It’s been a looooong, busy weekend. On Saturday we had our fundraiser garage sale for The Big Move and I followed that up with a 140k bike ride into gale force headwinds before following that up with another 30 minute brick run. This morning it was a sucktastic 12k run and then another shorter but equally sucktastic 3k run this evening because, hey, why not? And between in all there’s that looming job stress.
So now that I’ve decided that tomorrow is going to be a full 100% recovery day – meaning that I can sleep in past 5:30am – I’m listening to some hip Jazz Boner and trying to get through a few pages of my new book (‘The Sex Lives of Cannibals: Adrift in Equatorial Pacific‘ by Maarten Troost). The album is ‘Charlie Christian with the Benny Goodman Sextet and Orchestra‘.
This was one of the records I found while indulging in a little “retail therapy” of the vinyl sorts this afternoon at the St. Catharines Record Fair. Christian was an important early performer on the electric guitar and a key figure in the development of bebop and cool jazz. He gained national exposure as a member of the Benny Goodman Sextet and Orchestra from August 1939 to June 1941. His single-string technique, combined with amplification, helped bring the guitar out of the rhythm section and into the forefront as a solo instrument.
The first important electric guitarist, Christian played his instrument with the fluidity, confidence, and swing of a saxophonist. Although technically a swing stylist, his musical vocabulary was studied and emulated by the bop players, and when one listens to players ranging from Tiny Grimes, Barney Kessel, and Herb Ellis, to Wes Montgomery and George Benson, the dominant influence of Christian is obvious. Charlie Christian’s time in the spotlight was terribly brief. He played piano locally in Oklahoma, and began to utilize an amplified guitar in 1937, after becoming a student of Eddie Durham, a jazz guitarist who invented the amplified guitar. John Hammond, the masterful talent scout and producer, heard about Christian (possibly from Mary Lou Williams), was impressed by what he saw, and arranged for the guitarist to travel to Los Angeles in August 1939 and try out with Goodman. Although the clarinetist was initially put off by Christian’s primitive wardrobe, as soon as they started jamming, Christian’s talents were obvious. For the next two years, he would be well-featured with Benny Goodman’s Sextet.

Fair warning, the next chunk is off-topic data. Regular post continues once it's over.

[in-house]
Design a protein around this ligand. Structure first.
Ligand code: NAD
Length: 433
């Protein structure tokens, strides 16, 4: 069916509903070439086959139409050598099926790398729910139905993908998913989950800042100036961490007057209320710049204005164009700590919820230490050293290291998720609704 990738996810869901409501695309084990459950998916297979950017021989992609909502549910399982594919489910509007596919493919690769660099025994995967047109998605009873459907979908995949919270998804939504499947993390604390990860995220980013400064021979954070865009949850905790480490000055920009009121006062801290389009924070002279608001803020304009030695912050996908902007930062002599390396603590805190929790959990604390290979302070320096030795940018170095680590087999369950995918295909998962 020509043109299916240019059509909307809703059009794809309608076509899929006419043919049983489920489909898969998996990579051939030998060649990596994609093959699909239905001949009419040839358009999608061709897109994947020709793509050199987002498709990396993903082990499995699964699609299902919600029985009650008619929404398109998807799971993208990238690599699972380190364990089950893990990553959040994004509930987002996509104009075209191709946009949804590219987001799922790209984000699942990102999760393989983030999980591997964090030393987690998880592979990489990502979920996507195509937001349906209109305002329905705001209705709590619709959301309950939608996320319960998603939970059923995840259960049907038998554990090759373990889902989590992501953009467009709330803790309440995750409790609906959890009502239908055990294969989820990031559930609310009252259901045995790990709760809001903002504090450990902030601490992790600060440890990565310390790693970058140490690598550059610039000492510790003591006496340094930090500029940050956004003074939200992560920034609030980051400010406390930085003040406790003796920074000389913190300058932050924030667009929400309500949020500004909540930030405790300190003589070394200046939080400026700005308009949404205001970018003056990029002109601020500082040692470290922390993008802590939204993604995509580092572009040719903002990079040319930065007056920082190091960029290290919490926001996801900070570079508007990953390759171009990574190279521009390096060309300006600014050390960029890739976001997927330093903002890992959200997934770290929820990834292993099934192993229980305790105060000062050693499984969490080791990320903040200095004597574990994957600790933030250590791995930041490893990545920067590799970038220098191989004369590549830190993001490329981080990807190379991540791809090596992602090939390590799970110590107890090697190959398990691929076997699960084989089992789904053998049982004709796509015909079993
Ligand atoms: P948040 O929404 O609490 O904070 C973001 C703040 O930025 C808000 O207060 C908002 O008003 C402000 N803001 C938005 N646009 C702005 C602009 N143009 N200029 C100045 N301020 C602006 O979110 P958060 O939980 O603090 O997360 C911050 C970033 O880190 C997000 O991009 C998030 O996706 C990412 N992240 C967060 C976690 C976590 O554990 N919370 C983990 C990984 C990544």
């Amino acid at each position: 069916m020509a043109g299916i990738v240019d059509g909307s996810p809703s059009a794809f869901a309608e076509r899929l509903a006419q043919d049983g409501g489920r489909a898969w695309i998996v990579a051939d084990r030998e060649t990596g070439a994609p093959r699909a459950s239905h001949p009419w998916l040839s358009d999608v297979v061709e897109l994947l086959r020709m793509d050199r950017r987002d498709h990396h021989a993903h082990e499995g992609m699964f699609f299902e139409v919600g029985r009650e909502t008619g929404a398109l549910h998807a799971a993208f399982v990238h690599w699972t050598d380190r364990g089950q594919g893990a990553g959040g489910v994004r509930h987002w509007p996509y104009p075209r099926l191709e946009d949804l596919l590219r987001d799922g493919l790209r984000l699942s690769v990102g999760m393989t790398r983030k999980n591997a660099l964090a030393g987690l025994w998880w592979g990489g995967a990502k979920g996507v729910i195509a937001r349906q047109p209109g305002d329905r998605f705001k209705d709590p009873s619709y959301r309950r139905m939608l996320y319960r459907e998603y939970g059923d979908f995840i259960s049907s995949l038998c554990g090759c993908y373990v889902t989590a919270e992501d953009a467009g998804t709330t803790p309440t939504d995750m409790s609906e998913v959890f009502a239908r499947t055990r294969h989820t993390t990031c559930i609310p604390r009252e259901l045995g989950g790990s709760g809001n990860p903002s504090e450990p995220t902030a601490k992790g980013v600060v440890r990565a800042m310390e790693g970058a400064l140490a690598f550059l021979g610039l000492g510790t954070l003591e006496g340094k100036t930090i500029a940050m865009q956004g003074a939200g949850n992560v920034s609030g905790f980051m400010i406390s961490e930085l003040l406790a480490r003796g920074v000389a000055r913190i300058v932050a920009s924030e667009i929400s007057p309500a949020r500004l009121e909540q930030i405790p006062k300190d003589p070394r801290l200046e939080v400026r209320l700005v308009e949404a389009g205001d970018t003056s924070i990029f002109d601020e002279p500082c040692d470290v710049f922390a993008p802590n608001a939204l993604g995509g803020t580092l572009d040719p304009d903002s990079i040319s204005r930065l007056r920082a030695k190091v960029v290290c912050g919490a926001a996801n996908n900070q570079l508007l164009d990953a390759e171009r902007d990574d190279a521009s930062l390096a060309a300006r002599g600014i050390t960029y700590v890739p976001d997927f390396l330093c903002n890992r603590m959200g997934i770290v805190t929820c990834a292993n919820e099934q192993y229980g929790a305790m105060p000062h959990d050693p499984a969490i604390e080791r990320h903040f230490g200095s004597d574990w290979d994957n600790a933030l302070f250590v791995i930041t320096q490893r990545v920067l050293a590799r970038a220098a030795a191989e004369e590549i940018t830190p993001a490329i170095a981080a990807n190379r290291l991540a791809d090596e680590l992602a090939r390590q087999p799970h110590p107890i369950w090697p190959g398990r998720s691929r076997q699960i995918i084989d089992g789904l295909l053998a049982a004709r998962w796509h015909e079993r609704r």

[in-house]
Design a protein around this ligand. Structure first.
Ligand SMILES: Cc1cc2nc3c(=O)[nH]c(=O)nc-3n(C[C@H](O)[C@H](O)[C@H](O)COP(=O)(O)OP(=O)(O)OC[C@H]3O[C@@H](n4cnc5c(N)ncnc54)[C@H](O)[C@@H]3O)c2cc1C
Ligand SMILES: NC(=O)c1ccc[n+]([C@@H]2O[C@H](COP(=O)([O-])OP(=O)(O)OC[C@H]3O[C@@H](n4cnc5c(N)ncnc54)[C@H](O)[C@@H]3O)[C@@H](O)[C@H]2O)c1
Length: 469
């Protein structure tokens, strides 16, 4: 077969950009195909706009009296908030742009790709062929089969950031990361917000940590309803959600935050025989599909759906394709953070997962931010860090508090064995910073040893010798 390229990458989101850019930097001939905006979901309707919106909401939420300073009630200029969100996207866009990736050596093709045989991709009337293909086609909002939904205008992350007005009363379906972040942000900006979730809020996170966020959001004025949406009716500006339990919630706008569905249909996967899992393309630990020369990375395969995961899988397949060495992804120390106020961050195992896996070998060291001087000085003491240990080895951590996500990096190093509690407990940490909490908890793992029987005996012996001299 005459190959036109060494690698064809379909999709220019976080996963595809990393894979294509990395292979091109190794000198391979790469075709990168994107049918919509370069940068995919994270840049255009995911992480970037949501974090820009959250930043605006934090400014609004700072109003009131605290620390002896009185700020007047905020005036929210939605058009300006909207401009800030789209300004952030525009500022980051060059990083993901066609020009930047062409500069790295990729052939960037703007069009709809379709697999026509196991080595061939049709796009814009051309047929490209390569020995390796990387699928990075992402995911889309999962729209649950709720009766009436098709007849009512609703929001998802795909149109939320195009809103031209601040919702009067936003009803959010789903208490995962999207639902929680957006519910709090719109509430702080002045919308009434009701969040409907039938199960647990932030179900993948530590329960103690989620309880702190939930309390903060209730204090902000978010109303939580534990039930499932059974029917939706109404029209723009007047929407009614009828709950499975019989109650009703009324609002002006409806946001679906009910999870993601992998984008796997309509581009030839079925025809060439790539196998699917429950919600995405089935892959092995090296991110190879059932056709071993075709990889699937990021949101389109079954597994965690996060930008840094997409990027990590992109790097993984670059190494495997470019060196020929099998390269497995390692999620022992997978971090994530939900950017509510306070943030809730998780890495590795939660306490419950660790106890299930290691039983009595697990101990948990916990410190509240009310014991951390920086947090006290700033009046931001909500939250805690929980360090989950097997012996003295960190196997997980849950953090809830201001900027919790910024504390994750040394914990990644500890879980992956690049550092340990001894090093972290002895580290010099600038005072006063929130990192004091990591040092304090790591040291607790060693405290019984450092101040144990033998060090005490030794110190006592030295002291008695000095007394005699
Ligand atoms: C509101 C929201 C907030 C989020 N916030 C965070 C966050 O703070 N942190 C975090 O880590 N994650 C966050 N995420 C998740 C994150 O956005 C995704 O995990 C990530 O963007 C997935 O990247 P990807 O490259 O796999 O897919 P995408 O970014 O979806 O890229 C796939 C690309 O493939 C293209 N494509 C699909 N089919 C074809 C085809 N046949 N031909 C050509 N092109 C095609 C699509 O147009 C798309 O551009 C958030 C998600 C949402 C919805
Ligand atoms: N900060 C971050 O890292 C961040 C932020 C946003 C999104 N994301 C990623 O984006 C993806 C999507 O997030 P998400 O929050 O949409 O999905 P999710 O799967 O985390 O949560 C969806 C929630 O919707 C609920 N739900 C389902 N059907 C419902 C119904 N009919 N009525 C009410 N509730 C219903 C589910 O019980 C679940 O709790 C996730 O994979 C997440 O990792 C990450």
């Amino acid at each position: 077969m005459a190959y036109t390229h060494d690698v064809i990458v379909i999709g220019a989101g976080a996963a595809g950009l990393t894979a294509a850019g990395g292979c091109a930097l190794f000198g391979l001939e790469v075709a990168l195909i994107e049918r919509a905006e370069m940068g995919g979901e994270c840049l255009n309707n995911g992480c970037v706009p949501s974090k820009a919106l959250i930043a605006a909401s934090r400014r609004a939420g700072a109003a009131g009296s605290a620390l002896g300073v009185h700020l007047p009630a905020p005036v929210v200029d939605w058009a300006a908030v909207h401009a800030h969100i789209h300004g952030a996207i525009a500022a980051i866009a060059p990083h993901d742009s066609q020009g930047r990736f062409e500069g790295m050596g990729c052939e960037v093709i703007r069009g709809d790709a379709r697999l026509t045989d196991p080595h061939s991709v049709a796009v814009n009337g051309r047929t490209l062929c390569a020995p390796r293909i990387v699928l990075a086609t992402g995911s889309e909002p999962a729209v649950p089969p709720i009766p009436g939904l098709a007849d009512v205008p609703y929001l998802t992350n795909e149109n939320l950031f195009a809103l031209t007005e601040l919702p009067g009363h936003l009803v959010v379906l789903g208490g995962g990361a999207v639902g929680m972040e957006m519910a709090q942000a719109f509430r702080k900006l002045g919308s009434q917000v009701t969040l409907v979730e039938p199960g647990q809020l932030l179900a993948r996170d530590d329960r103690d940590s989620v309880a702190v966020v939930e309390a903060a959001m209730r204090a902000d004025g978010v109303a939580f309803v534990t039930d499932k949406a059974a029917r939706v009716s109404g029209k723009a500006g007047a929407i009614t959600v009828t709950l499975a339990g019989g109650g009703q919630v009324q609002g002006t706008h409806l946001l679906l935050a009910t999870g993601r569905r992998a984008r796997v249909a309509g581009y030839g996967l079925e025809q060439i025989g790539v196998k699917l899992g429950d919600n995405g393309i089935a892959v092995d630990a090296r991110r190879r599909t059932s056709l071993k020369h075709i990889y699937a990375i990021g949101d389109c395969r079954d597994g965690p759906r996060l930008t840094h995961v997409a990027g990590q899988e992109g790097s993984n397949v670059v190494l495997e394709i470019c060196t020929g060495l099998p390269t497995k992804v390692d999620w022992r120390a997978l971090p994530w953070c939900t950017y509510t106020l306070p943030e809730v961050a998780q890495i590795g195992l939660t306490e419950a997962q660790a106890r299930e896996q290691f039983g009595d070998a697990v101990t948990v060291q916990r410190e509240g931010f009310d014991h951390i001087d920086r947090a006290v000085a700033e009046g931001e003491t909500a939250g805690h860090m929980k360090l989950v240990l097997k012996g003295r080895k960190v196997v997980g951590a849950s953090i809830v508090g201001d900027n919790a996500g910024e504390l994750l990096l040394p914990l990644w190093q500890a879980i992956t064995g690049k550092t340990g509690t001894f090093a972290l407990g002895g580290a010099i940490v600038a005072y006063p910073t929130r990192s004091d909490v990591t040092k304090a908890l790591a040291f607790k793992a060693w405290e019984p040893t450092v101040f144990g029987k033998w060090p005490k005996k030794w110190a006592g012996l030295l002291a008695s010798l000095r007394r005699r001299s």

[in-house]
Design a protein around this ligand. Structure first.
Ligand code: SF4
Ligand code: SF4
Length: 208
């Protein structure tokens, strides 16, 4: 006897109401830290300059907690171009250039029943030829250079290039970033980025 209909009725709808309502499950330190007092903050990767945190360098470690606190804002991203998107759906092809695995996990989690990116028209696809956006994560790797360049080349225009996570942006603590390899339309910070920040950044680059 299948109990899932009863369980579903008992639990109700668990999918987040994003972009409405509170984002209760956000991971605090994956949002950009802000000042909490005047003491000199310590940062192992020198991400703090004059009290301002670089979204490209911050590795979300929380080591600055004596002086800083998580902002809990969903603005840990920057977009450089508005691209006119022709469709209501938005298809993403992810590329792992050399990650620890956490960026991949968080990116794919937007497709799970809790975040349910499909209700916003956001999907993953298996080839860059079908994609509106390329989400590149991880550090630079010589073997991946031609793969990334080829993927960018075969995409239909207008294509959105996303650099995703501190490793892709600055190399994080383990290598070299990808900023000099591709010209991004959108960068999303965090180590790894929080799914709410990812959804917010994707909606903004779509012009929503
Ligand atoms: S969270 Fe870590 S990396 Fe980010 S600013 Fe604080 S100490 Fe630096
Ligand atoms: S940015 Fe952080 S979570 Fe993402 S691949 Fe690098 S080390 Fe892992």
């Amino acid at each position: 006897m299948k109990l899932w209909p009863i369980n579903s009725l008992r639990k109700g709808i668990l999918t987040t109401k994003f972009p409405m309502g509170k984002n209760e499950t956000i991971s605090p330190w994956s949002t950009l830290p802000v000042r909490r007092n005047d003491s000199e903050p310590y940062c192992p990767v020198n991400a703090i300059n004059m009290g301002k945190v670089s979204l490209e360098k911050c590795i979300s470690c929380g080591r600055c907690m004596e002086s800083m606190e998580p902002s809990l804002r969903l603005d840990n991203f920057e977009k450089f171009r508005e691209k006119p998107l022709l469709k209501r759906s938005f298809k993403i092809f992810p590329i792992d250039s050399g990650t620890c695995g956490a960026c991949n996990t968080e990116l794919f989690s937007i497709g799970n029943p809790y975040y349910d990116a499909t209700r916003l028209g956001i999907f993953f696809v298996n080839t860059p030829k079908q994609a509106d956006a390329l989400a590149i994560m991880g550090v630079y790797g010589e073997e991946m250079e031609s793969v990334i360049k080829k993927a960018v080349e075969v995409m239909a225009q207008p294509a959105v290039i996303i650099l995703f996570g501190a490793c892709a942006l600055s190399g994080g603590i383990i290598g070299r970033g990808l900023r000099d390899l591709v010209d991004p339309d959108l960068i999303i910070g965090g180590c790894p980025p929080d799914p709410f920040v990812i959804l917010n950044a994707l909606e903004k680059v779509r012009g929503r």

This album captures a bit of that magic with a slightly more blues tinge to it which seems, well, pretty damn apropos at the moment as I try to unwind somewhat and regain a little of my sanity before having to do it all over again come Tuesday.